Garmadon (as is the case of evil creatures) was eventually banished to an underworld while Wu protected the powerful weapons. But Garmadon came back, so Wu trained four young ninjas and designated them "keeper of the weapons." They both have goals. Garmadon wants to conquer Ninjago. Wu wants to protect it.

In the movie, there are supposedly six ninjas. They are: 1) Cole (earth ninja), 2) Jay (lightning ninja), 3) Kai (fire ninja), 4) Nya (water ninja), 5) Zane (ice ninja), and 6) Lloyd (green ninja). There's a running gag where he doesn't know what "green" ninja is supposed to mean, just like the clueless audience. Lloyd is the son of Lord Garmadon, which he doesn't like, because his dad keeps attacking the city with his army. Garmadon is also an absentee father.

So that's it. Those are things I know (and from what I've read in reviews) is helpful to know before going into this movie to avoid getting lost.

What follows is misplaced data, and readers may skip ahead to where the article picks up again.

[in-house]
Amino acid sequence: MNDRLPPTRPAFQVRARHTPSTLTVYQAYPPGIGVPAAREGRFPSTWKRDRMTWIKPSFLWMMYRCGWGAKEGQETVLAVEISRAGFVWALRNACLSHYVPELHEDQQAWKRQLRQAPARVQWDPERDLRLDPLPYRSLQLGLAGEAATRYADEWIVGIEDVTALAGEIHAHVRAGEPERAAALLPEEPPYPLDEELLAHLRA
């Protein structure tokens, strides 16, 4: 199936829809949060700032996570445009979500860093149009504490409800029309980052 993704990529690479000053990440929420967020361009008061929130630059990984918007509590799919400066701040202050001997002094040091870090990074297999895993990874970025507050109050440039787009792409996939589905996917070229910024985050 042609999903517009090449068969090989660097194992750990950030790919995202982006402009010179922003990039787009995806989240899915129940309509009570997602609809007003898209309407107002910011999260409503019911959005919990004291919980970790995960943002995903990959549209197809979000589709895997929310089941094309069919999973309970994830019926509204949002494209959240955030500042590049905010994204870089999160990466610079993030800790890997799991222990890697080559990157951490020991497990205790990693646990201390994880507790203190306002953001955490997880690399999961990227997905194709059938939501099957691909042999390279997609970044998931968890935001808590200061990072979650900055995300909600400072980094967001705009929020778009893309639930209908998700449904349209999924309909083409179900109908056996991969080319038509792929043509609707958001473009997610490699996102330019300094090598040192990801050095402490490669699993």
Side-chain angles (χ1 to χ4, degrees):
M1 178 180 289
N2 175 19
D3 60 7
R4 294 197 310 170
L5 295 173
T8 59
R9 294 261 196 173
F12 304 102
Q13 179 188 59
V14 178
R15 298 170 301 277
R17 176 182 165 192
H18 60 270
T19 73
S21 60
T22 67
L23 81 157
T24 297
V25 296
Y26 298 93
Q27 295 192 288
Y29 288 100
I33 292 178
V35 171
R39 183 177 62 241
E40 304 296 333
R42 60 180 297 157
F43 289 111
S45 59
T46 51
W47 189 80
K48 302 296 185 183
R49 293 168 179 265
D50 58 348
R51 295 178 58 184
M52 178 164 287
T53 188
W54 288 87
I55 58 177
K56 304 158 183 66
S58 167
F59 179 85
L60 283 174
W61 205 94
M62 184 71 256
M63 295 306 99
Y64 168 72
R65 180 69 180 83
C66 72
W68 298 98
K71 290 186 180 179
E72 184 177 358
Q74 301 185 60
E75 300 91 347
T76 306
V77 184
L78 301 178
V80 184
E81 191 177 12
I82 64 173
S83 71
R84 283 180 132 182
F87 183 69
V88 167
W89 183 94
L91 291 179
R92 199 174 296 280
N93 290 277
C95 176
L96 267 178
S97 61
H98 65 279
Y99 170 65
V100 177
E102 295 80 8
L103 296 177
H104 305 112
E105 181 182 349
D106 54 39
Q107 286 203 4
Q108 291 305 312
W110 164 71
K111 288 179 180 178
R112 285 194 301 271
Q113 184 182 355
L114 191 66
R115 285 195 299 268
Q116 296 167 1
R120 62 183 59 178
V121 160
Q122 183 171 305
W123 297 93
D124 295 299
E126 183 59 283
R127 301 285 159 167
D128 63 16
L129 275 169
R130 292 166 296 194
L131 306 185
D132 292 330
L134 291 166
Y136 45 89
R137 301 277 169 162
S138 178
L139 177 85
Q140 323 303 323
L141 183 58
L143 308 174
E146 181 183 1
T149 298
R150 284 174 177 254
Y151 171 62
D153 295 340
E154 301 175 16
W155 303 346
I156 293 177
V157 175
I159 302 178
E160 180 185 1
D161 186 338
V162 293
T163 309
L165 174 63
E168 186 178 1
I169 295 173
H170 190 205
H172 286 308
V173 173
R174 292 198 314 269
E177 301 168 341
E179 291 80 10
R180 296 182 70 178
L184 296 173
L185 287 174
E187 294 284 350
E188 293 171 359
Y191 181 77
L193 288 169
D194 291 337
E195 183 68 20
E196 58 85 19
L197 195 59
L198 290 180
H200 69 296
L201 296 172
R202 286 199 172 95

Wednesday, October 18, 2017

Here are five things I expect from Solo: A Star Wars story

With the announcement by Ron Howard that the Han Solo movie would simply be called "Solo," it got me to thinking about what I actually expect from a movie about the most famous space smuggler there is.

1) I think that we should see some kind of Heist. I mean...what kind of movie would it be if good ole Chewy and Han weren't making money pulling the wool over someone's eyes?

2) Han should be arrogant. He was pretty full of himself in the original Star Wars (as well as a womanizer) so we should see some of this on display.

3) Lando Calrissian. If we don't see a young Lando and Han playing a game of sabaac, I will be incredibly disappointed.

4) We need to see whatever the Kessel Run is, and it needs to be run in twelve parsecs. This needs to be clearly explained as "impossible" in the movie to do (as well).